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Top of the World Economic Forum's 2015 Network Readiness Index measuring ability to leverage information and communication technology (ICT) is Singapore1. Chad is last, while the US and UK are, respectively, 7th and 8th. Analysis shows the general correlation between ICT competence and economic development, and that digital divides of have and have nots persist in the world's most developed and ICT savvy countries.

"To leverage ICT for development better infrastructure and access are needed...", write the authors in the executive summary.

The Global Information Technology (WEF) report released today is the 15th since 2001. Each drills into national regulatory environment, physical infrastructure, cyber security and social plus educational preparedness. Some 13,000 business executives from large companies in each of the 143 countries - representing 98.4 per cent of GDP - completed the survey, intended to provide information about a nation's operating environment.

Noting that, "we are living in a world of unparalleled digital infrastructure*note minor correction", the executive summary writes, "Some segments of the population may be exposed differently than others to labour market shifts induced by technological innovation, which can aggravate inequalities across groups with different levels of skills."

Although there are nearly as many mobiles on the planet as there are people, not everyone has one. WEF reports that the International Telecommuniation Union (ITU) estimates 48 percent penetration to individuals in developed countries, and 30 percent in the developing world. Of those mobiles only a small portion are of the latest technological generation, many still being 2G technology, which limits communication to voice and text. Nevertheless mobile communication is spearheading agricultural, educational and financial service development, such as crowd funding, in some of the world's poorest economies. In parallel the gap is widening between the countries with greatest correlation between income and ICT usage and those with least.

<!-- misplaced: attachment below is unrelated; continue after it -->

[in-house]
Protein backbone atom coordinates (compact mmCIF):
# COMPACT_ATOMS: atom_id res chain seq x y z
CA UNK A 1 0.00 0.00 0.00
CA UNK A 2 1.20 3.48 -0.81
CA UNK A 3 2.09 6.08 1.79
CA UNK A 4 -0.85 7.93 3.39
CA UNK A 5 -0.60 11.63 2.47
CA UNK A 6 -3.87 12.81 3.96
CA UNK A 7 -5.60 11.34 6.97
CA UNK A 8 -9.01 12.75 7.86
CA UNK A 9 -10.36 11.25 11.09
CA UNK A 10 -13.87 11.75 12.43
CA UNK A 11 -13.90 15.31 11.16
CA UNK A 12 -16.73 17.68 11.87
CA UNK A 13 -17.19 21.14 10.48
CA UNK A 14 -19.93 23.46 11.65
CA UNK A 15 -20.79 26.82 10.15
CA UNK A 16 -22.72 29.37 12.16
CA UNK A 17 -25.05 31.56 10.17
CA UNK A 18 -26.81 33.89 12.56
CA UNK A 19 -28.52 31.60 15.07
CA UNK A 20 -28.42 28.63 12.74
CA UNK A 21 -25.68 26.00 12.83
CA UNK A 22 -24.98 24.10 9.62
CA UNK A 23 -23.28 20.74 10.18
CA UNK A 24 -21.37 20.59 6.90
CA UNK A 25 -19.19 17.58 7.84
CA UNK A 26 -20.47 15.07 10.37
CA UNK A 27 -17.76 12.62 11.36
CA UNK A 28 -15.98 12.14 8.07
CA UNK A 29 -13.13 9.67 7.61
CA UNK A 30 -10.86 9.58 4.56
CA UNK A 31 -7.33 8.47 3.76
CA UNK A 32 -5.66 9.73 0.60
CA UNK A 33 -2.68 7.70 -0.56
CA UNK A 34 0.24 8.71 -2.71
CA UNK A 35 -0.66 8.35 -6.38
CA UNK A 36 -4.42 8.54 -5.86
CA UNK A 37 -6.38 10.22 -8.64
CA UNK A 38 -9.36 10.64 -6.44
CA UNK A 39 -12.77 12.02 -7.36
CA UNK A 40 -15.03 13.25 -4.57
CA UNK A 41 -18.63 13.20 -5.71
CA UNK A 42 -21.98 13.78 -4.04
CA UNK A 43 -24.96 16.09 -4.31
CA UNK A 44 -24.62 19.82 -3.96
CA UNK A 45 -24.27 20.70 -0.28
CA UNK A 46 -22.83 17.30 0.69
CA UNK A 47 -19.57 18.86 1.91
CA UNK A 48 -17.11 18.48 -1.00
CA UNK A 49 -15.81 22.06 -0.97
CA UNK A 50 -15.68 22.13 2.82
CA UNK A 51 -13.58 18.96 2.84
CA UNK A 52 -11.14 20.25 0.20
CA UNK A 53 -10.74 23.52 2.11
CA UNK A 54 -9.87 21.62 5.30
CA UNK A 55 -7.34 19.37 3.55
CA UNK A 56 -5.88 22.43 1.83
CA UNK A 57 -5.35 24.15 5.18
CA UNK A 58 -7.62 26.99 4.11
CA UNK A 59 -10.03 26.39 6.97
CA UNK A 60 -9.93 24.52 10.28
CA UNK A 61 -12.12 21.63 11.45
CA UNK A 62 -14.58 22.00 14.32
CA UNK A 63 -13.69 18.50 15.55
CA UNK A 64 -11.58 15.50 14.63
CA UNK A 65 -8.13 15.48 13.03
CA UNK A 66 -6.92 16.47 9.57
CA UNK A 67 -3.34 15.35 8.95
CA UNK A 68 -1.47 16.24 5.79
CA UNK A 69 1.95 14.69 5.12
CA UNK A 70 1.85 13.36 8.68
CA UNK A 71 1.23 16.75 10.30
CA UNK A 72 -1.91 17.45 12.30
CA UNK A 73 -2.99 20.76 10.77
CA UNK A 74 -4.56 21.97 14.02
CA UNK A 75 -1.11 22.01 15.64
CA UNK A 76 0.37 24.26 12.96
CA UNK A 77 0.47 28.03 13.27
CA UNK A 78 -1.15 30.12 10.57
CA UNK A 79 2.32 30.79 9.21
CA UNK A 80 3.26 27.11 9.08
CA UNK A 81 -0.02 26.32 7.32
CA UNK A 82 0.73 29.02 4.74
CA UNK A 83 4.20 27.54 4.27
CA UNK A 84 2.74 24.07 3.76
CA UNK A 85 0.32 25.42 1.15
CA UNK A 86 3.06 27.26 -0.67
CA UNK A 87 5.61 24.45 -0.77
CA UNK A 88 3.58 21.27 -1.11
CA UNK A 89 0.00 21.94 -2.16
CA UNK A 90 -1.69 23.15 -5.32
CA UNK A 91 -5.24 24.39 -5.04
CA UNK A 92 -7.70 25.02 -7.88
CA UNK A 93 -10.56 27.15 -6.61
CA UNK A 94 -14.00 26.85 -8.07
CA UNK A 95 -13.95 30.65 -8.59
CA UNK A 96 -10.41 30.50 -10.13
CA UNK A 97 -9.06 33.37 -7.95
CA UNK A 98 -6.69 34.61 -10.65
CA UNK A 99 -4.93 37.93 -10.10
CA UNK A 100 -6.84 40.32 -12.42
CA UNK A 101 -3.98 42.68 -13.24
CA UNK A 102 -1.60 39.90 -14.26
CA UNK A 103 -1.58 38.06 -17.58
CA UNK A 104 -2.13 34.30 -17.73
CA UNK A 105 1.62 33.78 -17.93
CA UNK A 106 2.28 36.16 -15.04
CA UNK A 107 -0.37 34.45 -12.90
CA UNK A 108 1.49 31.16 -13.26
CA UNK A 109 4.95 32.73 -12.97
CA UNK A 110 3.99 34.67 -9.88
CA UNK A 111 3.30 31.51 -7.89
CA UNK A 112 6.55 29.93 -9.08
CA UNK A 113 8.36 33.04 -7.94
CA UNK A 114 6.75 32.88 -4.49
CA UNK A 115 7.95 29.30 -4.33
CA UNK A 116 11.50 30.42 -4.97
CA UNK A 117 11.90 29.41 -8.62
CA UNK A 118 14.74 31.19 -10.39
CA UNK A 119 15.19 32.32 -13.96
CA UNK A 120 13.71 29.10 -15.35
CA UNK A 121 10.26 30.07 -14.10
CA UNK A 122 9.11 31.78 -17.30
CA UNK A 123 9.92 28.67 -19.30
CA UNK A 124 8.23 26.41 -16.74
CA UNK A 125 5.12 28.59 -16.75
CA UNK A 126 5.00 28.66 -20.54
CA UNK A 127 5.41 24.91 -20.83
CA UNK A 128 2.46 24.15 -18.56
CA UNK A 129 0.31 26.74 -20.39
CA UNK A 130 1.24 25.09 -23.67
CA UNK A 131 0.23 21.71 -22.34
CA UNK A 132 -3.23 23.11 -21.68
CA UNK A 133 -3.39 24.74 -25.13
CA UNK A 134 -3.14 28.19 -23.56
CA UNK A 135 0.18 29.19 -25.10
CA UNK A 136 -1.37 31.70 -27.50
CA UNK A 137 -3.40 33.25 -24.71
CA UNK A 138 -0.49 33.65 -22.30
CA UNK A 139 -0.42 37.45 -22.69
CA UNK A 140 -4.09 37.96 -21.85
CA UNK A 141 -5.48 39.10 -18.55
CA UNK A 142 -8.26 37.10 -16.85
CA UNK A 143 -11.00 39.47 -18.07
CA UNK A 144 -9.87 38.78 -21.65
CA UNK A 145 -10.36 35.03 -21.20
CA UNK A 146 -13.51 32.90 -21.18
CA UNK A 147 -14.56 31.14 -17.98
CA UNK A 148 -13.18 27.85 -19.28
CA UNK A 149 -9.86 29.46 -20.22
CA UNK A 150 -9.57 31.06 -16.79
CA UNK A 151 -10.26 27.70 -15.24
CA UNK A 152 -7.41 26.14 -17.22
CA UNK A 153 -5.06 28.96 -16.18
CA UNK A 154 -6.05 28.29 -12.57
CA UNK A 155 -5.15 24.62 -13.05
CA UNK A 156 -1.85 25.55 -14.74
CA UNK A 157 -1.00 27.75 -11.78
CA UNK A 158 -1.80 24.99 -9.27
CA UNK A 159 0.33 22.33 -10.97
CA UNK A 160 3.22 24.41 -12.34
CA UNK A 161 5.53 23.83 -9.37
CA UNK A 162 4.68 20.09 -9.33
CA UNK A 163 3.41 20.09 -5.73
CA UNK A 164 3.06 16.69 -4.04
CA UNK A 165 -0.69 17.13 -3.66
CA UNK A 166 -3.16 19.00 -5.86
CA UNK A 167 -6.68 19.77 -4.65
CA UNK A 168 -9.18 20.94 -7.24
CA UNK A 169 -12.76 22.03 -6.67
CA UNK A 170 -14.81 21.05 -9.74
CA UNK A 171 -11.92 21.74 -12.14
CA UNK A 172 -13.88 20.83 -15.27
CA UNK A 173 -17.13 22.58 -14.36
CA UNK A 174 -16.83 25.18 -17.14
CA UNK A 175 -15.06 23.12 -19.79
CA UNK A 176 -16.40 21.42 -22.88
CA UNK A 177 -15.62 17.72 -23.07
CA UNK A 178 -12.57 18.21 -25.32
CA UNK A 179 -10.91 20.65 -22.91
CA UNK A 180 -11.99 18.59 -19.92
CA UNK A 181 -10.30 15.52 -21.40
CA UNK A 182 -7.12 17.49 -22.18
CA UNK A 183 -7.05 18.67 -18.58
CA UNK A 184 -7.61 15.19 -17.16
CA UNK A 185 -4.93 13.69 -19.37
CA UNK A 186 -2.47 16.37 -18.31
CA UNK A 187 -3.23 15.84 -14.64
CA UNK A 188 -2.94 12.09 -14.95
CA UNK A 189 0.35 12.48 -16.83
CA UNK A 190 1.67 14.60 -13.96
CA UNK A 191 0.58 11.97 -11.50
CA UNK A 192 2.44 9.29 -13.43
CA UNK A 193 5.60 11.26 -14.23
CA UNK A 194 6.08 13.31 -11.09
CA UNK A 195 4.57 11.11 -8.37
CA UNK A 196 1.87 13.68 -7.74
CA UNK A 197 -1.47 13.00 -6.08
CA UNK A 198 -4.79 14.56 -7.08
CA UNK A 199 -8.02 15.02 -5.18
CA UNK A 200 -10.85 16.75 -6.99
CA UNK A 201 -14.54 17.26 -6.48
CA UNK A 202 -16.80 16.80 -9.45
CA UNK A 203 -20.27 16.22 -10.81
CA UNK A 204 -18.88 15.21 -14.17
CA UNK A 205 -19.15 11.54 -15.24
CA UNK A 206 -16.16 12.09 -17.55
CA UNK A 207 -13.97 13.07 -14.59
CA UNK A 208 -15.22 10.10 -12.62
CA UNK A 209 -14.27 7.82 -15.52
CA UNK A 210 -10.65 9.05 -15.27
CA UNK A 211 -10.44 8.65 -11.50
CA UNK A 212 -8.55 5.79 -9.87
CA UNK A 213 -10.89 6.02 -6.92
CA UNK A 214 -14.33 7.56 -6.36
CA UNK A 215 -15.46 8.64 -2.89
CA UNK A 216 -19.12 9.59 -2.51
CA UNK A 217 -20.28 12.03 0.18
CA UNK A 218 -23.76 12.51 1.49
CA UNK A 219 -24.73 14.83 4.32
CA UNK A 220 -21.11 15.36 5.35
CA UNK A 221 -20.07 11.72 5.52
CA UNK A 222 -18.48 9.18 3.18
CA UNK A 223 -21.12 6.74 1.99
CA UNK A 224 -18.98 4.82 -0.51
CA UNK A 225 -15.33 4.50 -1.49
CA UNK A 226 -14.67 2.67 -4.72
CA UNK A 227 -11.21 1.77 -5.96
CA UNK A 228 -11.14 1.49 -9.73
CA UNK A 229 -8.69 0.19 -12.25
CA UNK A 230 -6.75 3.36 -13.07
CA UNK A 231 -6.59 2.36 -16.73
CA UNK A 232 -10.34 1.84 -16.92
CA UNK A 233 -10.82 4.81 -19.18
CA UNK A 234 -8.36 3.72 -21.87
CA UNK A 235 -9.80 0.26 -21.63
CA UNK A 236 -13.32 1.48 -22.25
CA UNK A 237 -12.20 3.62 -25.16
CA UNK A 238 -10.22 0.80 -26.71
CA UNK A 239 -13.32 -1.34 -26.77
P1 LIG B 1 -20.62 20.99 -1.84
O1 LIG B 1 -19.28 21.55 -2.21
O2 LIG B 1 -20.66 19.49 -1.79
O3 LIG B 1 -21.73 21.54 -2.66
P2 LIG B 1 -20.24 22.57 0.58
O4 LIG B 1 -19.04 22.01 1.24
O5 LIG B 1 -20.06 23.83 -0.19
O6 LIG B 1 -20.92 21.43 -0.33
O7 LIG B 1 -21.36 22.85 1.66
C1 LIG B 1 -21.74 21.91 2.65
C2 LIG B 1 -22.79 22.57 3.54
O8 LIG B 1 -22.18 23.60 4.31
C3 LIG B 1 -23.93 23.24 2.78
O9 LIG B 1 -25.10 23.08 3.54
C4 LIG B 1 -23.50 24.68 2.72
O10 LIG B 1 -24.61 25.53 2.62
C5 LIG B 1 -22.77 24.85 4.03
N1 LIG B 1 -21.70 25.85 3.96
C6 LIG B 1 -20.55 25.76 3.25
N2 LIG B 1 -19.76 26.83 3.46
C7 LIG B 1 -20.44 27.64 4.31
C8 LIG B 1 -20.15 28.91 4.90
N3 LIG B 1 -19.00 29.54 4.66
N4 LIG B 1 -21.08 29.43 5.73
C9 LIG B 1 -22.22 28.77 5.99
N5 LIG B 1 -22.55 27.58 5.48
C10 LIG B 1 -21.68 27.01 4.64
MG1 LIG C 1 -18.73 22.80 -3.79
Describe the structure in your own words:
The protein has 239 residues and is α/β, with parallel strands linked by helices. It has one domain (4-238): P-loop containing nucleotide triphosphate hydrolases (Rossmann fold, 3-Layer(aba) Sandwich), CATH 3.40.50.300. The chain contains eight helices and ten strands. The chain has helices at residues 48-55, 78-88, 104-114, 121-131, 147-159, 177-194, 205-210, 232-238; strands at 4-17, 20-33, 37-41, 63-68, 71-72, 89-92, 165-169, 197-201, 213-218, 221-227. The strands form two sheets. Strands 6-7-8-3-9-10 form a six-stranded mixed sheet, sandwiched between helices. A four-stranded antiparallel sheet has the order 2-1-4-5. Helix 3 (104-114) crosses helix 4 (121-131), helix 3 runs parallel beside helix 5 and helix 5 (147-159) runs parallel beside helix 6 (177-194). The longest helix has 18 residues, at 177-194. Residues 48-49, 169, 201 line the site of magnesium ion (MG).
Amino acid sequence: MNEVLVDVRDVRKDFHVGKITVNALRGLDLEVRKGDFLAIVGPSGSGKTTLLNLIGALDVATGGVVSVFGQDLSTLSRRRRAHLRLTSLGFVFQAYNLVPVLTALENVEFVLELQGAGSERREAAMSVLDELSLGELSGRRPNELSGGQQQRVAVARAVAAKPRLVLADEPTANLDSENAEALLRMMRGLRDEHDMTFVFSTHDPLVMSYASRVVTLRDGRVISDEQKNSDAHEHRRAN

It looks, too, as though the goal of providing universal and affordable internet access to the least developed countries by 2020 - as set by the UN Open Working Group on Sustainable Development - will be missed.

Citing a McKinsey Study2, the WEF report lists barriers to internet adoption as:

Lack of infrastructure, particularly in rural areas of developing countries.

Lack of incentive, such as content in the local language.


Knowledge to use the technology.

Bain & Company, a global management company, considers the biggest opportunity in the next decade is that there are still 4.6 billion people on the planet without internet access.

The issues, says WEF citing varied sources, facing creators of technology for the developing world include erratic power supplies and the need for durable products in difficult meteorological and other natural conditions. If the technology cannot be maintained using local skills it is not sustainable, write WEF, given transport costs.

Those wishing to encourage ICT-technology penetration might also be interested in the report's insights into the relationship between taxation and ICT.

"In many countries," says the report, "ICT products and services are taxed in a manner similar to luxury goods, but lower-income households spend a disproportionate amount of their household income on ICTs. High taxes and interconnection fees put many ICTs out of the reach of the poorest citizens."

Looking to the future, the report notes that the era of big data analytics is here, and will be crucial in future. Emerging ICT needs to provide affordable processing for volume and complex data structures, concludes WEF.

A large part of the 381-page report is an in-depth study of ICT in Brazil and sets of comprehensive indicators for each of the 143 countries covered by the report.

1. The Global Information Technology Report 2015: ICTs for inclusive growth. An insight report from the World Economic Forum in co-operation with INSEAD.
Released from embargo at 02.01 Gulf Standard Time on 15th April, 2015.

2. McKinsey & Company, 2014.

Published by GC 02.01 Gulf Standard Time 15th April, 2015.

* Minor correction 07.11 BST [UT +1]: In paragraph 4, the word infrastructure should actually read "disruption".


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